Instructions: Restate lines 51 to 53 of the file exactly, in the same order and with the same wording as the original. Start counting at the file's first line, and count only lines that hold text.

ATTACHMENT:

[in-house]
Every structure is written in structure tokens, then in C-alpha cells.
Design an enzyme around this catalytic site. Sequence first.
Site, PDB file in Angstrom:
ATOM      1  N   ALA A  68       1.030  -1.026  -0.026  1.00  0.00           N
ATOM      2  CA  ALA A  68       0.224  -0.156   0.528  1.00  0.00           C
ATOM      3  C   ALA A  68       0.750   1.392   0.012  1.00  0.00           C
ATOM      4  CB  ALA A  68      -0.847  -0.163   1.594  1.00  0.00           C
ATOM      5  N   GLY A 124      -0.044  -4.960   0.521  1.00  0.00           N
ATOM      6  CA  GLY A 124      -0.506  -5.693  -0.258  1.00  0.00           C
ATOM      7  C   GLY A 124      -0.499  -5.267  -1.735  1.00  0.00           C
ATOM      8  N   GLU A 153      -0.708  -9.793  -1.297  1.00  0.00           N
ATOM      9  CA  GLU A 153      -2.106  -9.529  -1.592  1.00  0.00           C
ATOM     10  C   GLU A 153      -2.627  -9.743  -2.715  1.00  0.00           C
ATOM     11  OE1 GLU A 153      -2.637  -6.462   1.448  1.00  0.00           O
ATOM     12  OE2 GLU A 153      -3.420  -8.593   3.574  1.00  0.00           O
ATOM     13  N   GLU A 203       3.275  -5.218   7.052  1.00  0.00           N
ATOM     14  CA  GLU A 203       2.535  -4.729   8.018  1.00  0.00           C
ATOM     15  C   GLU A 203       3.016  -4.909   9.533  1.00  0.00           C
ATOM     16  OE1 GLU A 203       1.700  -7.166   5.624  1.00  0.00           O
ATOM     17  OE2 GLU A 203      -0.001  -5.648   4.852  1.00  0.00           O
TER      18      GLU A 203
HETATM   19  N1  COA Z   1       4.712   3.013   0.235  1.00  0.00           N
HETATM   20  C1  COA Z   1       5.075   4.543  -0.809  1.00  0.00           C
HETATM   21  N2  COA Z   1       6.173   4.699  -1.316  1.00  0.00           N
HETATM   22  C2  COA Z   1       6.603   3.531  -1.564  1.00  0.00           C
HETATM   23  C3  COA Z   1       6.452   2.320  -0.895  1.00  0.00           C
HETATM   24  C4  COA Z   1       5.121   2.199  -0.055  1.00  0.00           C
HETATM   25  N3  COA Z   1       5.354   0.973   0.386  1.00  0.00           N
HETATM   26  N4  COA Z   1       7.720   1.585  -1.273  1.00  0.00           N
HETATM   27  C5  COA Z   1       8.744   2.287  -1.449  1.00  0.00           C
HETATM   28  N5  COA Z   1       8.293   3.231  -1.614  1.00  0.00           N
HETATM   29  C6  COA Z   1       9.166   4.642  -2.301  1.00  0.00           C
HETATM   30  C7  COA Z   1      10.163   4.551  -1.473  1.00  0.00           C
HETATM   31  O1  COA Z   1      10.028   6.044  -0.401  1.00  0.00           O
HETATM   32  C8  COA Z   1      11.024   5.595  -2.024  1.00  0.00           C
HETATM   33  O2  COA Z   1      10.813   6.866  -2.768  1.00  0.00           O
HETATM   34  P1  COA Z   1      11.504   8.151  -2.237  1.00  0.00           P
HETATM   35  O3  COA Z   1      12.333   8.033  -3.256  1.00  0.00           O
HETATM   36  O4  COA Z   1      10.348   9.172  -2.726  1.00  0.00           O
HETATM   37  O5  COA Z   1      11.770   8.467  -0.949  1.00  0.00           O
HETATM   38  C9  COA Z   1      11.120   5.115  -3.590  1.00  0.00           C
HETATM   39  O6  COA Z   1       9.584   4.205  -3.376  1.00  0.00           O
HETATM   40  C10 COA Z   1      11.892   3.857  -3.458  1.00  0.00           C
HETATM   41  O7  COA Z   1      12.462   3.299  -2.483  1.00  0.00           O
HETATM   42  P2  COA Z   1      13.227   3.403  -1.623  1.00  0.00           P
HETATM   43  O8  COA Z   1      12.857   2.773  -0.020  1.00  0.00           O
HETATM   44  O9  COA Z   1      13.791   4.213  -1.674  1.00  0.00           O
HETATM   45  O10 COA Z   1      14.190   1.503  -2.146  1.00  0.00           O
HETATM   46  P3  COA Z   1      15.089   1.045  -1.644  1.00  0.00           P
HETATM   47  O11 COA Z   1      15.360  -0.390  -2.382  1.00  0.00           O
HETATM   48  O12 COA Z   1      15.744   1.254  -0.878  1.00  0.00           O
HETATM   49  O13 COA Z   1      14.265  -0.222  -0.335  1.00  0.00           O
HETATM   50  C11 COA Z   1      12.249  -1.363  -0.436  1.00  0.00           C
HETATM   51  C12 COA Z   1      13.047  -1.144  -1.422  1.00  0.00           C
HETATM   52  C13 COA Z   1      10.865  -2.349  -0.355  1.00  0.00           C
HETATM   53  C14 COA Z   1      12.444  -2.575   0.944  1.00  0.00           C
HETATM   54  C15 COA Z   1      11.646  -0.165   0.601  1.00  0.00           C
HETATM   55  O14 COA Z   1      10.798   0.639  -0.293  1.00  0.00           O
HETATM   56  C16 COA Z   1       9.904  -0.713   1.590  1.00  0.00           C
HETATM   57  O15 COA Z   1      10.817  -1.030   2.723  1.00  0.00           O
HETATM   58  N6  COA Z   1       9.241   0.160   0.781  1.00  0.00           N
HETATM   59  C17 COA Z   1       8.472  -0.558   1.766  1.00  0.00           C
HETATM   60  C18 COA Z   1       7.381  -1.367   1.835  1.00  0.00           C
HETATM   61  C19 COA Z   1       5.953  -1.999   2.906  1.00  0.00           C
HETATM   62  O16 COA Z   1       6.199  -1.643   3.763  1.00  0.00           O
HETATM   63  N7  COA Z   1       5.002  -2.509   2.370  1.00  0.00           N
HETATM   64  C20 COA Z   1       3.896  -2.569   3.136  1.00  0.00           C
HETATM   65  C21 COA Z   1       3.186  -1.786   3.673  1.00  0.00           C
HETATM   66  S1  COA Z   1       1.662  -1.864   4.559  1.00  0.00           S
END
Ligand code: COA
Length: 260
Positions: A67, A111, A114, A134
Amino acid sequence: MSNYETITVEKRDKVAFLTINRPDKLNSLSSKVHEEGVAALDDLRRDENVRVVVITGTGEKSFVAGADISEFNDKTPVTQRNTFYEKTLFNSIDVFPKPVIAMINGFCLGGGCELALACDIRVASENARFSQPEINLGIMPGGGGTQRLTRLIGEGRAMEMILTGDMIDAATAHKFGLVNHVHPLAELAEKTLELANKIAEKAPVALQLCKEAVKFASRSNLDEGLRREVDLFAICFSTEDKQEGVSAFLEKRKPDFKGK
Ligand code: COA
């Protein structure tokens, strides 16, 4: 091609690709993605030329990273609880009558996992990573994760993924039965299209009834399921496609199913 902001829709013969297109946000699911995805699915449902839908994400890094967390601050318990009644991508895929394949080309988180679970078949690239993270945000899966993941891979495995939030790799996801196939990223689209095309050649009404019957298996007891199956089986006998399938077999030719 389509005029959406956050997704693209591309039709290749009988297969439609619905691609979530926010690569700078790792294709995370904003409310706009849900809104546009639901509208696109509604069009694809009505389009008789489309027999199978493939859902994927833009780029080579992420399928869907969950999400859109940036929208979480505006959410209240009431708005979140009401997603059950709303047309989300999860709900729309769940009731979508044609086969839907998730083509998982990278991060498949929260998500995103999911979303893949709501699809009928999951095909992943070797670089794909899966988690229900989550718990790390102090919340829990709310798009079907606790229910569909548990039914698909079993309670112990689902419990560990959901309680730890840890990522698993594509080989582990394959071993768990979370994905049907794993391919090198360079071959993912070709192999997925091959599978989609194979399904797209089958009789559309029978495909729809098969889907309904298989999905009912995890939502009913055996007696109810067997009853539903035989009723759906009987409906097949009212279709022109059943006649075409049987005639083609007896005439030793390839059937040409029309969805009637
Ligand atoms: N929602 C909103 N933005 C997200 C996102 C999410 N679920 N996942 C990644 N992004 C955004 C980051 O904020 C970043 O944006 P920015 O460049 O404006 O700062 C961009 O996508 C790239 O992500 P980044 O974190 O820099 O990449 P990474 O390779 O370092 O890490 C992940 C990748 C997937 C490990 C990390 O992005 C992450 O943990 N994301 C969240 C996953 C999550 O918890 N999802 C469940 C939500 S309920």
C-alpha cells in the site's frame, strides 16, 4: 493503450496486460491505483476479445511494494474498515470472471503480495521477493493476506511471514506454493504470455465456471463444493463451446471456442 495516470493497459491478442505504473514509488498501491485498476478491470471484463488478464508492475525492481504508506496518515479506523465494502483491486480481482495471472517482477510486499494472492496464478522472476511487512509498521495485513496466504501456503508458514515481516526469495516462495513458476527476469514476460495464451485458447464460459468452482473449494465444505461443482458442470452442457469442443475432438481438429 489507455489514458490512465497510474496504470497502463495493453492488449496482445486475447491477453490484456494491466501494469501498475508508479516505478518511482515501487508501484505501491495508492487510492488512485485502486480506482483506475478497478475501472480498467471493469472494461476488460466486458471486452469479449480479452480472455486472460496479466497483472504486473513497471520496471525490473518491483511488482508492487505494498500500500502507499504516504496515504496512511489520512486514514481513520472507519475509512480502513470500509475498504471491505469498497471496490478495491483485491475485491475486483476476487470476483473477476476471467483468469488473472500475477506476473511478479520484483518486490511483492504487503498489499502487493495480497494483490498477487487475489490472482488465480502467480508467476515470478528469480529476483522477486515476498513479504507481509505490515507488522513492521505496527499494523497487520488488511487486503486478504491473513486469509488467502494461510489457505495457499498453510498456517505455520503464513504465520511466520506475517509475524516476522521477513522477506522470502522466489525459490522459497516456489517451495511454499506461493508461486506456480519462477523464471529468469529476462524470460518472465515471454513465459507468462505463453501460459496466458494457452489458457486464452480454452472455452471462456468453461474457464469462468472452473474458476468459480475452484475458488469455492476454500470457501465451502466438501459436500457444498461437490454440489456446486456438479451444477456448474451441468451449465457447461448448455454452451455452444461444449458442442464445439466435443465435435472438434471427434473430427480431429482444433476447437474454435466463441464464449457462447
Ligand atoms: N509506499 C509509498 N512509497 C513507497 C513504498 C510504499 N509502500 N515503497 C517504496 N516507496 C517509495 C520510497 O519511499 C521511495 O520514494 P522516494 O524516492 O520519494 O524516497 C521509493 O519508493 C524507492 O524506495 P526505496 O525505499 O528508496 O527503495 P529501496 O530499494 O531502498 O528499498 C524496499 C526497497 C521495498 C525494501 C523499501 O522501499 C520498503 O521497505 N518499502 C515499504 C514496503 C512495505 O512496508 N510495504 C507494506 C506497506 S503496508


HETATM   47  O11 COA Z   1      15.360  -0.390  -2.382  1.00  0.00           O
HETATM   48  O12 COA Z   1      15.744   1.254  -0.878  1.00  0.00           O
HETATM   49  O13 COA Z   1      14.265  -0.222  -0.335  1.00  0.00           O